Happy Friday, everyone. It feels weird to write about anything other than what is happening in our world right now, and also I am so conscious of the noise that we add to an already overloaded world. So I am going to simply share some hope and encouragement and some practical things for our next few weeks (or likely longer) of whatever this season looks like for each of you.
First of all, I will be honest with you, this has been an anxious time of life, to put it lightly. I have deep sadness on a personal level, and great fear on a worldwide level. I am wrestling with big questions and begging God to intervene. I am choosing to trust Him, even when it feels so unsettled and so uncertain. I have cried a lot and prayed a lot and taken a lot of deep breaths. I am anxiously awaiting the newness that will come, when we get to see our families again and get to return to work and when parties and weddings and church services are permitted again. For right now though, here are my little tips, in the context of the five senses:
See: Look for beauty. Keep a gratitude list. Read a book, stay off of social media. I gave up social media for Lent and I had no idea the season I would be removed from it during. I feel somewhat out of the loop, but I think more so I am relieved to not be drowning in opinions and fears and too much information. I trust that if someone needs me they will find me in a more direct way.
If you need book recommendations, here is an older list but still good: What You Should Be Reading
Hear: I have created a quarantine playlist; listen here. It is entirely made up of worship songs that help us choose praise over fear and to remember the promises of God. I’ll continue adding to it. Enjoy.
Touch: Do a puzzle. I have been working on a 2,000 piece puzzle for the last few weeks, and I suppose I will probably finish it during this weird season. Or maybe this is the time to pick up that instrument that you need to dust off or have always wanted to learn. Let your fingers hit those keys, let music fill the scary air and remind you of beauty. For me, I want to really get to know my sewing machine. Maybe this gives you the opportunity to craft, to create something physically with your hands in a way that you haven’t been able to recently.
Smell: We had a beautiful 60 degree day earlier this week and I walked out onto my porch, took a deep breath, and almost started singing to the birds like a Disney princess. Fresh air is the greatest experience when our lives are literally limited to our homes or small spaces without people. Or maybe take a bubble bath to pamper yourself and give yourself a mental break.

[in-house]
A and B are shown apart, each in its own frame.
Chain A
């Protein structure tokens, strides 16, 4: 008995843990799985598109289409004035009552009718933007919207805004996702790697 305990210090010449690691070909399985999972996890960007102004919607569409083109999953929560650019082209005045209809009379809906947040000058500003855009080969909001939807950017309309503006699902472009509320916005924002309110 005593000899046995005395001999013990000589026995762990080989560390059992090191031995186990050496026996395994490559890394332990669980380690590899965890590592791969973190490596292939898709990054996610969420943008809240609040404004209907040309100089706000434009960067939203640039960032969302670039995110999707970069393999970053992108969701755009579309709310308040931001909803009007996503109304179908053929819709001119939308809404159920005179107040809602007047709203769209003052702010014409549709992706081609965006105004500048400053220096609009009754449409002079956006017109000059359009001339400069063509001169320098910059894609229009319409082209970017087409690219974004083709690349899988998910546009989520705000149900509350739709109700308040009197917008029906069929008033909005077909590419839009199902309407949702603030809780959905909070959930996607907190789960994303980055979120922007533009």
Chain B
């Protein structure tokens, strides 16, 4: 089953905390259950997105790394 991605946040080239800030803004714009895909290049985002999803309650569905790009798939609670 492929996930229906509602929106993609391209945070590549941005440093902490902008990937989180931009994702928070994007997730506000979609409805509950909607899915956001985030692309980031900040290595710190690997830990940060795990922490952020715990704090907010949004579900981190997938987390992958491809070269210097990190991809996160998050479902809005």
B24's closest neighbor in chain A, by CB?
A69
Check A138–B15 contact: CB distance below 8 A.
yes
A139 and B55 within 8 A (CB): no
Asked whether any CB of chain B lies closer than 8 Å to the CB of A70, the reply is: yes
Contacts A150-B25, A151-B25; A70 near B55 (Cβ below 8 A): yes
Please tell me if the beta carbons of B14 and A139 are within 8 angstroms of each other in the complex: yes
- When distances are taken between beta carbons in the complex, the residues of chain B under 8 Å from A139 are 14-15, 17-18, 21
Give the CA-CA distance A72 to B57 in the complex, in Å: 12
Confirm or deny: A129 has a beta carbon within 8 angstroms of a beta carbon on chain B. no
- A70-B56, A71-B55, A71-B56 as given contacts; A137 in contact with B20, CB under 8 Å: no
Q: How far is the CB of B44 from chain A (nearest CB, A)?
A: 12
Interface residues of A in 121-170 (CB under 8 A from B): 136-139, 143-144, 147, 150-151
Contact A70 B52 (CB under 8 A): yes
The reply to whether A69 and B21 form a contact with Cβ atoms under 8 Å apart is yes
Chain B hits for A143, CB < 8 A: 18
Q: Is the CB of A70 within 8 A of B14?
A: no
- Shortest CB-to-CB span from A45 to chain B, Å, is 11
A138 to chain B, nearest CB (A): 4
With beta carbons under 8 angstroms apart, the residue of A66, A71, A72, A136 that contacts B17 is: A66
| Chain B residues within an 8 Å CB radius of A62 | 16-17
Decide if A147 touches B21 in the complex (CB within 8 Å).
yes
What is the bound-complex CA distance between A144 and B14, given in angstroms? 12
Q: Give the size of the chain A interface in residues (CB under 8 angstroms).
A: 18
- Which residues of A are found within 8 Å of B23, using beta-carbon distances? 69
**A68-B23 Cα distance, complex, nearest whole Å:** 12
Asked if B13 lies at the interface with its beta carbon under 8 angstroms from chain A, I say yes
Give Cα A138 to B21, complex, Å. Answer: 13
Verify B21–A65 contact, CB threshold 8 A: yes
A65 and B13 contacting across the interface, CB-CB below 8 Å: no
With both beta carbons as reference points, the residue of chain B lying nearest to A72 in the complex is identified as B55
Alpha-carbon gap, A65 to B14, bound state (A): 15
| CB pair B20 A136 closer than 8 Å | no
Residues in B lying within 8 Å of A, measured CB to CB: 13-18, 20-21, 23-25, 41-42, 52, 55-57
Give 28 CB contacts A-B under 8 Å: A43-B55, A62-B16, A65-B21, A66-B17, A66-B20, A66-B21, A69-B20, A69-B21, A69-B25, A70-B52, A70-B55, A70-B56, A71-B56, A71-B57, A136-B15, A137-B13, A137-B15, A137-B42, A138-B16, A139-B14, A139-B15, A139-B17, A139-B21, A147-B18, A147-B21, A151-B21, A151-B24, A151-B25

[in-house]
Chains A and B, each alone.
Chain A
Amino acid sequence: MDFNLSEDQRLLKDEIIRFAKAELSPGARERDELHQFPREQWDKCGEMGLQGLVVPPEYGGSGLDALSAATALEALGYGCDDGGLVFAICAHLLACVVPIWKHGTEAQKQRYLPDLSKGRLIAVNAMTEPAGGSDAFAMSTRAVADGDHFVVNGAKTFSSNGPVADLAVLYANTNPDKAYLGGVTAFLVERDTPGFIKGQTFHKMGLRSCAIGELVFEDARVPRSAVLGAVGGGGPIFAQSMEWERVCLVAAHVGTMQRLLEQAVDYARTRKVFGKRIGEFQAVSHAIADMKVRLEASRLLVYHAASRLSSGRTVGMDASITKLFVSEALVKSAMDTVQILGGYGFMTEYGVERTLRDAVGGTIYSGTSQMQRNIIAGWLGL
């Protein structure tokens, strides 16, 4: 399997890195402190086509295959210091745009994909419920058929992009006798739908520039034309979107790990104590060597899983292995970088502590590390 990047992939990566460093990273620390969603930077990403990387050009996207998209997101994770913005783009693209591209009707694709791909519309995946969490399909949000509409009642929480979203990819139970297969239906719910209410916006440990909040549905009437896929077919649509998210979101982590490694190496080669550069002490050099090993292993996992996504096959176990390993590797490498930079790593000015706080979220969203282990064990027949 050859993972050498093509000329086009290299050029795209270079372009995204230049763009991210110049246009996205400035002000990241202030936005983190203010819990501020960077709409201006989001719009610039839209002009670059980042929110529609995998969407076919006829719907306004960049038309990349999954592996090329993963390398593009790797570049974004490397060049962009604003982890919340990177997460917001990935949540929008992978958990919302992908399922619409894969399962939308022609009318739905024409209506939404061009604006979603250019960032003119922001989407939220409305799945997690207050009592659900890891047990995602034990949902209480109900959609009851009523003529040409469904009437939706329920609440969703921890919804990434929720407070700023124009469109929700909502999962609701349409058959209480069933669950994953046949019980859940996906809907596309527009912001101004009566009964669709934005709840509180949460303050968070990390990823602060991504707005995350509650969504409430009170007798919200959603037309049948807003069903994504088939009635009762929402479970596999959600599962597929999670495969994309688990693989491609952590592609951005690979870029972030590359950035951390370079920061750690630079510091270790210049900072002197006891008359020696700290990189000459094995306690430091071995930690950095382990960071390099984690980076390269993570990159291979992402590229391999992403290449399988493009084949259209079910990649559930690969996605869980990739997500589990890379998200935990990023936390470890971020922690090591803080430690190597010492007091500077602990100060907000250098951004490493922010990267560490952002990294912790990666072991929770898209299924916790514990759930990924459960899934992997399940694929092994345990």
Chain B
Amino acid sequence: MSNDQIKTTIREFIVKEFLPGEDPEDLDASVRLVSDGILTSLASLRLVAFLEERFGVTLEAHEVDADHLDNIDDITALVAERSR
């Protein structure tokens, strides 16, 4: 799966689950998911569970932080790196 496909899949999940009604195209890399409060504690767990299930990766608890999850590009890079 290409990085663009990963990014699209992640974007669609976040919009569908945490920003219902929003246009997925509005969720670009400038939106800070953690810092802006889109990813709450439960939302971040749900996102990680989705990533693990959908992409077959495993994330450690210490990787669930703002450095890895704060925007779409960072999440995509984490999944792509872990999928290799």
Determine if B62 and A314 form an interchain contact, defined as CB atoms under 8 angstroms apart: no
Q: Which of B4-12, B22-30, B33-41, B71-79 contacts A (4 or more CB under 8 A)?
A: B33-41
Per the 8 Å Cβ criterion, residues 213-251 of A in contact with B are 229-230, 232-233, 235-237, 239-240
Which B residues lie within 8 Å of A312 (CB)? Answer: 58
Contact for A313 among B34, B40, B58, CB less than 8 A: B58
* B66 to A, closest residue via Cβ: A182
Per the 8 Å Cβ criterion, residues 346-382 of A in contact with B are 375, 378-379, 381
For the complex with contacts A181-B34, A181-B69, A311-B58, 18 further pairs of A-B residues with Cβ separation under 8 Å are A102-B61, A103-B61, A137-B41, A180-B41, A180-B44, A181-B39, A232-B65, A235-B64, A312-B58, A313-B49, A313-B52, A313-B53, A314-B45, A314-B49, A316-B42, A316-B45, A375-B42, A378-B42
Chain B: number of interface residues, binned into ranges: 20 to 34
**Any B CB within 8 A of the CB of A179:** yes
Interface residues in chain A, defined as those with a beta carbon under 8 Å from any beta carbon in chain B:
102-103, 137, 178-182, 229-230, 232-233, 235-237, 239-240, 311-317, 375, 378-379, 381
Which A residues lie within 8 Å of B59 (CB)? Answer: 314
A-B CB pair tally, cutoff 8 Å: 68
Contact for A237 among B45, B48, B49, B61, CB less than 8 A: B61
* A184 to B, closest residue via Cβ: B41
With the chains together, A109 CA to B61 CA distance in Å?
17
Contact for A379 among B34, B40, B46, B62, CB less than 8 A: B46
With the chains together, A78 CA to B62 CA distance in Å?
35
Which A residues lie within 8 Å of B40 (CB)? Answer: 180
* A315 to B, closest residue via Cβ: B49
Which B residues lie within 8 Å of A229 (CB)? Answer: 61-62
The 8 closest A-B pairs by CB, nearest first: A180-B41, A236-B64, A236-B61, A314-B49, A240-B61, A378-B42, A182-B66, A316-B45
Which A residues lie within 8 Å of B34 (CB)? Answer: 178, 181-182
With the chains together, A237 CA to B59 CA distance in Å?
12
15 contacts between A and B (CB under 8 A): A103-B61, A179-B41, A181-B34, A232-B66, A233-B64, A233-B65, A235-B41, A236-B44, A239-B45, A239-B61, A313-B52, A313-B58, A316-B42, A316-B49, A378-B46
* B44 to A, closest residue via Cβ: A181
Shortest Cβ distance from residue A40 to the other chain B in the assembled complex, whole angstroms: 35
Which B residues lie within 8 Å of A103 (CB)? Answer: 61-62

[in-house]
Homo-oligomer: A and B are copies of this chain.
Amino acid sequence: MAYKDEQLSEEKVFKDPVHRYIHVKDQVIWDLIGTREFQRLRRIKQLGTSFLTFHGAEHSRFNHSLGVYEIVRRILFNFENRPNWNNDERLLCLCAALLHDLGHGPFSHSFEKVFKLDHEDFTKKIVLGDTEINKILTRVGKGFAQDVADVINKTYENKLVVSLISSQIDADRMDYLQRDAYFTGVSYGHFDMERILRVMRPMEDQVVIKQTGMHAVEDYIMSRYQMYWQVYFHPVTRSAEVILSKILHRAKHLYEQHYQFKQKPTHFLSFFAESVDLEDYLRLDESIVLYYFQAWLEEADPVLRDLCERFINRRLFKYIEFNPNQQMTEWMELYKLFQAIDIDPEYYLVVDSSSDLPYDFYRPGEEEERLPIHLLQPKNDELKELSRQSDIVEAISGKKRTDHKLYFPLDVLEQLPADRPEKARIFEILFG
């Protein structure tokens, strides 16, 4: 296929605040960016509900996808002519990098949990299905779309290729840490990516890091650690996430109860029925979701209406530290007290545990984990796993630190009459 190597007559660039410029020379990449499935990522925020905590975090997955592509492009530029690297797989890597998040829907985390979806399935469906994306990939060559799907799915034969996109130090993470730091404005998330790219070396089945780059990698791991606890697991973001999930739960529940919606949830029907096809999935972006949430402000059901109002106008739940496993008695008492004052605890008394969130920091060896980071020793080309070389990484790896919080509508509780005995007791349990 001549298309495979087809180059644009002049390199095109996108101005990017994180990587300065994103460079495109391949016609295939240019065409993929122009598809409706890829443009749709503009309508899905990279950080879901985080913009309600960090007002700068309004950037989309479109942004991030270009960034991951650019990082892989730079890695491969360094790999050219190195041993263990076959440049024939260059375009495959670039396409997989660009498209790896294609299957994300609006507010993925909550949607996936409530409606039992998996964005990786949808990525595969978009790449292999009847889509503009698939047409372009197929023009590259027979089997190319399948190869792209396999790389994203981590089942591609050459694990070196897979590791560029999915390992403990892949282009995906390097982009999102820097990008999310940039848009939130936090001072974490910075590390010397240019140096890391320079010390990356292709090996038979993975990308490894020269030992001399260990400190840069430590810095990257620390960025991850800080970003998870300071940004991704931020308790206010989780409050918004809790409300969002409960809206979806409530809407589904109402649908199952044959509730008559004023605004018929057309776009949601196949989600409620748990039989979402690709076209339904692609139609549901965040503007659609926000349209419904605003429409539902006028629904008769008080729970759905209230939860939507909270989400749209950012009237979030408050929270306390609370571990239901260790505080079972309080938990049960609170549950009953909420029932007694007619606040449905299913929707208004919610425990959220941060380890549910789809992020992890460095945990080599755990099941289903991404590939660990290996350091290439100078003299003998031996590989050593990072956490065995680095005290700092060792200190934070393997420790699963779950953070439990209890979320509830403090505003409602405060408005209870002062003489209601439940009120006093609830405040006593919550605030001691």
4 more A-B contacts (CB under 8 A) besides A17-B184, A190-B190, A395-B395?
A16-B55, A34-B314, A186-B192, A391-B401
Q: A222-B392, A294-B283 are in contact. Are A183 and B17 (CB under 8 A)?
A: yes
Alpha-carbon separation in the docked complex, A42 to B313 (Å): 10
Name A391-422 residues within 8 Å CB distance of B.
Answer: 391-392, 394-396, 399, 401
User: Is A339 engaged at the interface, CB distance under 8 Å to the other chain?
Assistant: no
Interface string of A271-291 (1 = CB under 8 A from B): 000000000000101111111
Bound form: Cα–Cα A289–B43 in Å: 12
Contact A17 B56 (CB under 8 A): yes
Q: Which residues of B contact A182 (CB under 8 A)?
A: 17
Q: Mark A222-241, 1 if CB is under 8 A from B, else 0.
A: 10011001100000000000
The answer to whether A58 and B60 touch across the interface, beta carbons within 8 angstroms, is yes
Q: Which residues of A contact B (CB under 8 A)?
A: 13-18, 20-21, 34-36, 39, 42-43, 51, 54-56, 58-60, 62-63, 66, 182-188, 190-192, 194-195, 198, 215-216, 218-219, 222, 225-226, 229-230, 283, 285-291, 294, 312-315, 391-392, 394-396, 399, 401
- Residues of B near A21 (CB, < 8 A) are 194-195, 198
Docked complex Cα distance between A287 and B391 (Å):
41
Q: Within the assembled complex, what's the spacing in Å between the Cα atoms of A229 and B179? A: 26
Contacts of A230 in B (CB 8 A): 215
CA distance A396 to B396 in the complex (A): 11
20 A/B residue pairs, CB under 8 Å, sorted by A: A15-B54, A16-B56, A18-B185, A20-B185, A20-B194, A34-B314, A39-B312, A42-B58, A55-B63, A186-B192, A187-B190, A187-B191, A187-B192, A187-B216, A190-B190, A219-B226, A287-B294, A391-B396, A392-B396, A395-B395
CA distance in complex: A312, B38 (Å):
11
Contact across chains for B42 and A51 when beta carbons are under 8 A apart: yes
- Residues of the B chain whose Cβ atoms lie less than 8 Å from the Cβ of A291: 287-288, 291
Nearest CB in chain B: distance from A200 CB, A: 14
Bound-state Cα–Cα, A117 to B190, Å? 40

Taste: One of my favorite soul care activities is making bread. Here are the instructions for “Sullivan Street Bread” which I got from Shauna Niequist’s book, Bread and Wine. You might need yeast from the store if you don’t live with someone who makes bread, but otherwise it is incredibly easy and made with things you most likely already have. When I get to worst-case scenarios, I think, “At least we will always have bread” and I immediately feel better. This one really embodies a lot of the senses, so it is a winner. Sorry for my amateur photos:
Here are some other things to focus on: Practice wonder. Donate money to people in need. Go on a walk and pray for your neighbors (one of my pals took her littles to do this and I loved it so much). Write letters. You can still tell people how much you love them ─ they probably need to know it now more than ever. Utilize technology to connect with people. Don’t hoard toilet paper; buy only what you need. Make future plans. Learn to hear God’s voice. Memorize Scripture. Clean your house.
Something I read recently that is GOOD:
“We pray the Lord’s prayer in faith, knowing that we are not helpless. Real and lasting change is possible by the Spirit’s power. We declare that the work that Jesus has begun in our lives and in the world will continue, even when things are gloomy and uncertain. May we find rest and renewal today as we draw closer to our Lord and his prayer.”
– N.T. Wright
I’m praying for you all, and covet your prayers in return. We will make it through this. As Victor Hugo brilliantly wrote, “Even the darkest night will end and the sun will rise.”